So Nile is alone, and worried for his loved ones, but he’s determined to put this time to good use. Besides doing what he can from quarantine to promote New York at Night, he’s already begun writing his next batch of songs. “Yesterday, I woke up from a dream with a song,” he says, adding that he spent the day working on that idea. “I’ve got my guitars and a piano here, so I’ll be utilizing this time to be writing, for sure.”
Finding inspiration never seems like a problem for Nile – he has been remarkably prolific since his 1980 self-titled debut album. This output has also been consistently high-quality, earning him much critical acclaim, as well as praise from the likes of Bruce Springsteen, Pete Townsend, Bono, Lucinda Williams and Jim Jarmusch.
Even though his career is well-established by now, the fact that Nile is releasing his 13th album seems to amaze him. “That’s the crazy thing: as artists get older, generally they lose their spark, but I still feel that fire that I first felt when I came here [to New York City],” he says. “I still feel like every day I wake up and I’m open to learning something new.”
Nile’s musical education began at a very early age: he grew up in a musical family in Buffalo, New York, but he also remembers key outside influences, too: “I was just a little kid, but I saw Elvis Presley on Ed Sullivan. Buddy Holly’s “Peggy Sue” was the first record I ever bought,” he says, adding that he also liked Little Richard, Chuck Berry, The Beatles, The Rolling Stones, and Motown artists.
VIDEO: Willie Nile “Golden Down”
By the ‘70s, Nile was listening to innovative downtown New York musician like Patti Smith, Television, and The Ramones. After graduating from the University of Buffalo, he made the move to New York so he could become one of those Lower Manhattan artists himself. “I was so driven when I came here,” he says. “New York’s streets taught me so much – they’re still teaching me so much.”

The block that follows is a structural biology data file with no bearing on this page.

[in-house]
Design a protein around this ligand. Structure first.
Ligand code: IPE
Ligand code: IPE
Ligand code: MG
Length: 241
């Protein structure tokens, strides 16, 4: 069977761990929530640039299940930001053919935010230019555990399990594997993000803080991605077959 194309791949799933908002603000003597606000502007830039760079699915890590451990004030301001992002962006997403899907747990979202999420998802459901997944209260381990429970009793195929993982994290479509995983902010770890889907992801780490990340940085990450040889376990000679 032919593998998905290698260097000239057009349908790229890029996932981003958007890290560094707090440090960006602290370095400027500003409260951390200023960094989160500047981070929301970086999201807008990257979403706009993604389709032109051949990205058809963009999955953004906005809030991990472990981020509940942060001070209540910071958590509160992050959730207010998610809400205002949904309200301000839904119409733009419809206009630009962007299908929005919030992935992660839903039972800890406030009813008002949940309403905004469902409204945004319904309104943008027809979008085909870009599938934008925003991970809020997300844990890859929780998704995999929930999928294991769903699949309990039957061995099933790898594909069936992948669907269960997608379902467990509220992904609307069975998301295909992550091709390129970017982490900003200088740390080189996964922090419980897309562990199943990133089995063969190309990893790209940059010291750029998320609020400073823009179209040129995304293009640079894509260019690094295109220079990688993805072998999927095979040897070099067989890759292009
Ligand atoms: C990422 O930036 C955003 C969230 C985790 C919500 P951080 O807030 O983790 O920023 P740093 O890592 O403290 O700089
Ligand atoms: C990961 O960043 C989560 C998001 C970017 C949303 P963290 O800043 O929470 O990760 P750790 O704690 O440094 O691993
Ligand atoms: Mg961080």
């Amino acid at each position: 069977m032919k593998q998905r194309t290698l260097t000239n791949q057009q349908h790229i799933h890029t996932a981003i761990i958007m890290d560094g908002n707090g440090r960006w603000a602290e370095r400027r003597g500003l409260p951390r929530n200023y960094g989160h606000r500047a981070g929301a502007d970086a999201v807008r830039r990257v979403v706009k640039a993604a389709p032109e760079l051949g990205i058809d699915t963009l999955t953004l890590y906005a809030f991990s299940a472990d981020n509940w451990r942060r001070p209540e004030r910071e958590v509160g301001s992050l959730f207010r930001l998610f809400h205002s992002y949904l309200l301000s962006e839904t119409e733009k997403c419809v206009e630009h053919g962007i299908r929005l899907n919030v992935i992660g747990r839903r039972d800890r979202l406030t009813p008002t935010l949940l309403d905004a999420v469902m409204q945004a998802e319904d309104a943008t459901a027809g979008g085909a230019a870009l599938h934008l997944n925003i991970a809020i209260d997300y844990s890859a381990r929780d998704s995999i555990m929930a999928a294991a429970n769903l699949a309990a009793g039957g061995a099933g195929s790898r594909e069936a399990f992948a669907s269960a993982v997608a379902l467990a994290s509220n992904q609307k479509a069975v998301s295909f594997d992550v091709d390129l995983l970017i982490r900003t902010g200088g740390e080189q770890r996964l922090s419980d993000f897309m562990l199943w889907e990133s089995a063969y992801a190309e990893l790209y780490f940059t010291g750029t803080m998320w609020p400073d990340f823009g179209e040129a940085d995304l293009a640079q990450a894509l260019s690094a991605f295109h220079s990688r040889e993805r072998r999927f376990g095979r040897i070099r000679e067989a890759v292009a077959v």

Nile’s affinity for New York City, and his skill at capturing its essence in song, long ago granted him acceptance as a true New Yorker – but he says his heart belongs to both his native and his adopted hometowns. “My feeling is that I was born in Buffalo, and then I was reborn in New York,” he says.
Now, after a month quarantined in his apartment, Nile says he looks forward to the day when he can once again perform in New York, Buffalo, and every other city he can. Normally on the tour for much of the year, Nile’s last show was in New Jersey on February 29, but the pandemic forced him to cancel all of his planned spring shows. “I can’t wait to get back on the stage, but I don’t know when I’m going to play a concert again. It’s my income, and the band’s as well, so it’s really hard times for everybody.”
Until that happy day when concerts can resume, “We’ve got to just tough it out,” Nile says firmly. “We have to stand up and help each other, and do the best we can to respect and love each other and get through this. And we will.”
In the meantime, he says, “I just wish everybody well and hope we survive this. We’ll have a big blowout when this is over!”